But, in Lamb Of God, we have never done that. We all live within 15 to 20 minutes of each other, and we shut ourselves in a room, like all the wildly unsuccessful bands of the past have done, and actually come up with ideas and argue and beat each other up about it. I prefer that way. To me the difference is feel. I think feel gets lost a little bit when you’re sending MP3s around and kind of being told what to do or just to program for this or that. I think you lose a lot of that energy that happens between people that are collaborating in music. Not that it’s not efficient and has obviously created some great opportunities for people to work with each other … I don’t want to talk bad about it … but in my experience, being in a room with other people and collaboratig … it’s kind of the next level experience in the writing process.
OLD: You perform at concerts as well as drum clinics. Is there a difference in feel, in the overall vibe when performing at a clinic vs. a concert?
Chris: It’s black and white. I mean there’s very little similarities. In the concert setting it’s all about the rock show. I’ve got four guys in front of me making all kinds of noise that are kind of hiding me, and I can be in back in my own world. Certainly there are parts of our songs where the lighting guy is highlighting me. There are drum breaks that kids are asking me to do in clinics. So, I realize the drums are a significant part of the music that people are paying attention to, but I definitely feel sheltered by the idea of the PA pumping out music at 110 decibals … it sounds like a jet’s going off. There’s people running around. There’s beer being served at the bar. It’s a little more comfortable, and it’s kind of how I came up. I would go to rock shows when I was a kid. I would be there buying beer … certainly interested in seeing the guys perform it the way that I heard it on the album, because that was impressive, but it wasn’t quite as extreme or being under that microscope as doing a clinic, where for me that was just … it’s absolutely torture test.
I had never done a clinic before I was called by Modern Drummer to do the Modern Drummer Fest, which is basically the super bowl of clinics. I’d never done one before, but I felt like there was no way I could tell these people no. I’d be such a jerk to say no to this. Like I’ve got to rise to the occassion. So, I spent months just talking to a brick wall in my rehearsal space going over what I wanted to say … exactly what I wanted to say. Although, watching it now I can see how nervous I was and almost blacked out during the performance of it. I think I’ve loosened up quite a bit since then and the ones I’ve done since then, but even that one seemed to go fairly well. People talk to me about that particular one all the time, I guess because it was on DVD and a little more popular than the one-off city ones that I do.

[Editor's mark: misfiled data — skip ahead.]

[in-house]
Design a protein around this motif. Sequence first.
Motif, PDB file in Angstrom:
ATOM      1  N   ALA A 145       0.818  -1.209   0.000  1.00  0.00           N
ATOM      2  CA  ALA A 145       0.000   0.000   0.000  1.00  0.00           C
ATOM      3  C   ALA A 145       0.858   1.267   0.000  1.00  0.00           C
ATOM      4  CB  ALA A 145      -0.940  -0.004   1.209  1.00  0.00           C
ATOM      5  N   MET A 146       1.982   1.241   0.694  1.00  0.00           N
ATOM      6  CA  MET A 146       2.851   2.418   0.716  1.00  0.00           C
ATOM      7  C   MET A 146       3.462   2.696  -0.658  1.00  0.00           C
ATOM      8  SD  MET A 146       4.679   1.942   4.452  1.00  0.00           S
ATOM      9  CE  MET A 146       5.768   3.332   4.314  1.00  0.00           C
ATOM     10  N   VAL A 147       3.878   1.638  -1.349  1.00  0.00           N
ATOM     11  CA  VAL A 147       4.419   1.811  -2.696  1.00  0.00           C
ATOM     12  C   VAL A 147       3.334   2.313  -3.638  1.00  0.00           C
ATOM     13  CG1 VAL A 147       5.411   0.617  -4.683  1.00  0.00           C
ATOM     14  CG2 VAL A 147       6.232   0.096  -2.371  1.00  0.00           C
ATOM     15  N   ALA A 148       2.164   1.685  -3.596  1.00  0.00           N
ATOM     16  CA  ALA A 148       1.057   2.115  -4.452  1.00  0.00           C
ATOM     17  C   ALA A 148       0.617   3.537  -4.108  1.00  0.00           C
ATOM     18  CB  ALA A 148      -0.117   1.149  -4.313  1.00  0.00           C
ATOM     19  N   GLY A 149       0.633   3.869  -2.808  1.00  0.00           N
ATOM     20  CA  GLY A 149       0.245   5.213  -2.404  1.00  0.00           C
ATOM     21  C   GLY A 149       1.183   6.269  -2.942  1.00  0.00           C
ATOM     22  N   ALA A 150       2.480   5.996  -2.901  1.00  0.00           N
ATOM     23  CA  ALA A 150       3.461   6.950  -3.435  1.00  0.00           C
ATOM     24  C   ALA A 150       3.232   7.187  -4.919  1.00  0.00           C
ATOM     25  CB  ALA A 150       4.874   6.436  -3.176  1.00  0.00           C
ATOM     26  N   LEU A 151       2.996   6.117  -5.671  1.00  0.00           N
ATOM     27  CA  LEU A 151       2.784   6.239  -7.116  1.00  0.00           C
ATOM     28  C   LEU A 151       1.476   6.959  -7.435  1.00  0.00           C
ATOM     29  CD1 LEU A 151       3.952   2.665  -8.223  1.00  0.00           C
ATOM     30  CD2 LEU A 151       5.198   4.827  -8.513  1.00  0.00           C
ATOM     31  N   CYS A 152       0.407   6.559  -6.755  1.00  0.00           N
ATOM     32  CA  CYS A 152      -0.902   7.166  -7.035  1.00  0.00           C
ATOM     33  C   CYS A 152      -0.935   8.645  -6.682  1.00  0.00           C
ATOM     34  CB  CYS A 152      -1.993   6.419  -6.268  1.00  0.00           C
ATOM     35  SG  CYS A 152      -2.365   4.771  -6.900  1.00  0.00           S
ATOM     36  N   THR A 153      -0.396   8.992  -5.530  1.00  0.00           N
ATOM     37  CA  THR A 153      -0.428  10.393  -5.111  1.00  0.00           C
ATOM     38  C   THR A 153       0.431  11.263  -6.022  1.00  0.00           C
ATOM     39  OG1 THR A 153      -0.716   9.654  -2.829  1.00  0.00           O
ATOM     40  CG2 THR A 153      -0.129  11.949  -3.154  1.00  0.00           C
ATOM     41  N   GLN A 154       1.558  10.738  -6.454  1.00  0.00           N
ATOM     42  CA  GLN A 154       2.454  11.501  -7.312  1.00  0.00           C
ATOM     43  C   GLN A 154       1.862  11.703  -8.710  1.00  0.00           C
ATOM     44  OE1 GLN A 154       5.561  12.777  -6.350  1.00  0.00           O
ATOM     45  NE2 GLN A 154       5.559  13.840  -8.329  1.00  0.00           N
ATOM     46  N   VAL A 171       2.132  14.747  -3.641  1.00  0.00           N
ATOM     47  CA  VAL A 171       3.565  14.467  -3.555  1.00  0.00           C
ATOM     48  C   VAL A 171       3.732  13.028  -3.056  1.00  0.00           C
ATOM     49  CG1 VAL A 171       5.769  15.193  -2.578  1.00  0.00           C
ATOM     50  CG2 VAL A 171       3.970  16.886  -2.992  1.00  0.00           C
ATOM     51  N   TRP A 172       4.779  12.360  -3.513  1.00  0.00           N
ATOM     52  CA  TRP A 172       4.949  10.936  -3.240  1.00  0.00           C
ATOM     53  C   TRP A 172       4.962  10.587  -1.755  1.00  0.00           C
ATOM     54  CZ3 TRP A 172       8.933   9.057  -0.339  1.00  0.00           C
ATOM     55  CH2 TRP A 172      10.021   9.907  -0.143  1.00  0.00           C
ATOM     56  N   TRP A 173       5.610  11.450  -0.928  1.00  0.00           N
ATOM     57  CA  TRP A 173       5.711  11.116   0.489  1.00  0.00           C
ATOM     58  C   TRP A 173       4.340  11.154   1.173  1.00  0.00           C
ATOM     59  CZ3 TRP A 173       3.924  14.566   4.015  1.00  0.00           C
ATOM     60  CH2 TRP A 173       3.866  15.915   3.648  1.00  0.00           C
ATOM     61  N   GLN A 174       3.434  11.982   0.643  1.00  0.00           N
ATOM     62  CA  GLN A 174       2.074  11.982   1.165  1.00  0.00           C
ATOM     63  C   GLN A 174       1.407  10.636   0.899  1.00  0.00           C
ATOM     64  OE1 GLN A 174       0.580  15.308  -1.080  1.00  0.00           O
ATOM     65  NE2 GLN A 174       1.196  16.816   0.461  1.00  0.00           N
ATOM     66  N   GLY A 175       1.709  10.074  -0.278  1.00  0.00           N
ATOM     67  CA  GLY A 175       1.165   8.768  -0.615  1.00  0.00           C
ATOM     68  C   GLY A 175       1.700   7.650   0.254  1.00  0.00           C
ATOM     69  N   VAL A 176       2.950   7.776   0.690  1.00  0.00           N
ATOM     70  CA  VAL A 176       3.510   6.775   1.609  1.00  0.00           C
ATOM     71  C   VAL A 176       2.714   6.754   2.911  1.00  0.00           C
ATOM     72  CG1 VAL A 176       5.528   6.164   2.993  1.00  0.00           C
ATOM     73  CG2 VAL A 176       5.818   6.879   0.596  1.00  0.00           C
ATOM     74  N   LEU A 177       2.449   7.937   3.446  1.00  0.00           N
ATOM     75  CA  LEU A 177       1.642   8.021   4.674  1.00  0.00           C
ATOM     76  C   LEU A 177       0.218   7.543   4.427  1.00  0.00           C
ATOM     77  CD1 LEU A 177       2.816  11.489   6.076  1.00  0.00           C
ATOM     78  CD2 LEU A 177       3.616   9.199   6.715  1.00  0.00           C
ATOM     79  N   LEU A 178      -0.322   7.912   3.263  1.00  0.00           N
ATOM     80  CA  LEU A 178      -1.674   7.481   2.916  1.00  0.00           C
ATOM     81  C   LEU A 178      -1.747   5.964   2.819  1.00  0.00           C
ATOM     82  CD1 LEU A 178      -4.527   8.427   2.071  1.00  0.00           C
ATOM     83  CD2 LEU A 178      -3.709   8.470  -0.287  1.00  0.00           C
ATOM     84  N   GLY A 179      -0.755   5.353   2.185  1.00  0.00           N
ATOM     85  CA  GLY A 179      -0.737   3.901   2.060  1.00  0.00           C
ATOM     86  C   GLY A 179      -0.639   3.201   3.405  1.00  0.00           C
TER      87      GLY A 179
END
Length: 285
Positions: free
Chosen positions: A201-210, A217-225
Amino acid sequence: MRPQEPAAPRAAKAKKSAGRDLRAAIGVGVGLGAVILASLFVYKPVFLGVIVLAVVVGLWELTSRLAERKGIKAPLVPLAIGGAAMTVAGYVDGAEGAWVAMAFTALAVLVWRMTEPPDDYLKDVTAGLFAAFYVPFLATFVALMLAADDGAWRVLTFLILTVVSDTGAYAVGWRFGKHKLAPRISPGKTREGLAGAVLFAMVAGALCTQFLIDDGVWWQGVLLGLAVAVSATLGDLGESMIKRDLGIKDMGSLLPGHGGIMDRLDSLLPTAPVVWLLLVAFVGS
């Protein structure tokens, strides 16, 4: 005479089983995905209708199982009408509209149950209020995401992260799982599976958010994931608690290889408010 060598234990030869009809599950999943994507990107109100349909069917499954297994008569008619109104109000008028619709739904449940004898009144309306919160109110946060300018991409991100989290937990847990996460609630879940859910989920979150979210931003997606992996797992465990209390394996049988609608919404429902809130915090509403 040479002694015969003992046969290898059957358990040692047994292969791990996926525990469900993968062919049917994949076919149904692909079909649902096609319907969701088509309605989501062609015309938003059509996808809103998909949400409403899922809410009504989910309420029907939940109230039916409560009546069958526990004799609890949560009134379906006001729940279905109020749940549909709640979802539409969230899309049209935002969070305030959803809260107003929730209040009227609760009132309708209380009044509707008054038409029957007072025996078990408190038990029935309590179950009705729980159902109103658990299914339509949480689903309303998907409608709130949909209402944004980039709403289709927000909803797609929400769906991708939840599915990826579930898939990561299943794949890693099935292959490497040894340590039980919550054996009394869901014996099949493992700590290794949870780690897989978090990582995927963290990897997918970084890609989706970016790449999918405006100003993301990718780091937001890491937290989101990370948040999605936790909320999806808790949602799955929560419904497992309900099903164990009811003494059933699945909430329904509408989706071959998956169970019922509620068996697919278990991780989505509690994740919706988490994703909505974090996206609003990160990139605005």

But from there I was able to parlay that into having the ability to do more clinics. So, I got a big jump start on being a clinician, and I’d never considered myself a clinician. I didn’t grow up studying drums, and I’m not a theory guy at all. So, it was really kind of daunting to step into that pool, knowing that most of the guys that do it are very well taught, handing out hand outs, drum pads and exercises … and really going into very microscopic details of playing.
I’ve always been kind of a guy with drum sticks in one hand and a beer in the other. It turned into me telling my story and how I got to where I was and showing a few examples of how I think of things differently behind the kit than maybe some other people do, and I think that really actually worked. I think there’s a lot of people in the audience for clinics … while I think there’s some people there that want to know the microscopic detail and get down to nitty gritty stuff … I think the mass of people are more interested in if they wanted to get on that stage, what does it take to get there? I think my story is more important than going home and playing paradiddles at 200bpm for the rest of your life.
OLD: At the clinics, have you ever felt that you were so respected that you could play anything, and everyone would think it was great?
Chris: I never felt that. I definitely put the pressure on myself to be far more … even more so than a concert … and I put a lot of pressure on myself for every concert. I’ll warm up for 2-3 hours before every concert. But on the clinic run that I was doing, I would make sure I got the right amount of sleep, make sure I was eating well; I wouldn’t have anything to drink. It was very serious business that I was under the microscope and I did not want to miss a single beat whether it was in the talking presentation or the playing. It may very well have been that no one would have noticed, but I definitely took it very seriously that every one was there to notice that, and I was going to make sure that I could do my best every night.
OLD: Lamb Of God tours overseas extensively. Do you have any advice for touring overseas?
Chris: Initially starting off, it’s pretty difficult. You’ve got to learn how to make it work without the tools to make it work. What I mean is that, while we are able to tour the US with our own equipment and gear, a lot of times … especially when we were coming up as a young band … when you show up some place, you can’t afford to bring all that stuff on the airplane, you can’t afford to ship it over, and you’re basically showing up with rental gear or you’re borrowing somebody’s gear that’s playing that night, or just using whatever the club might have there. So you have to be able to adapt to those challenges that occur.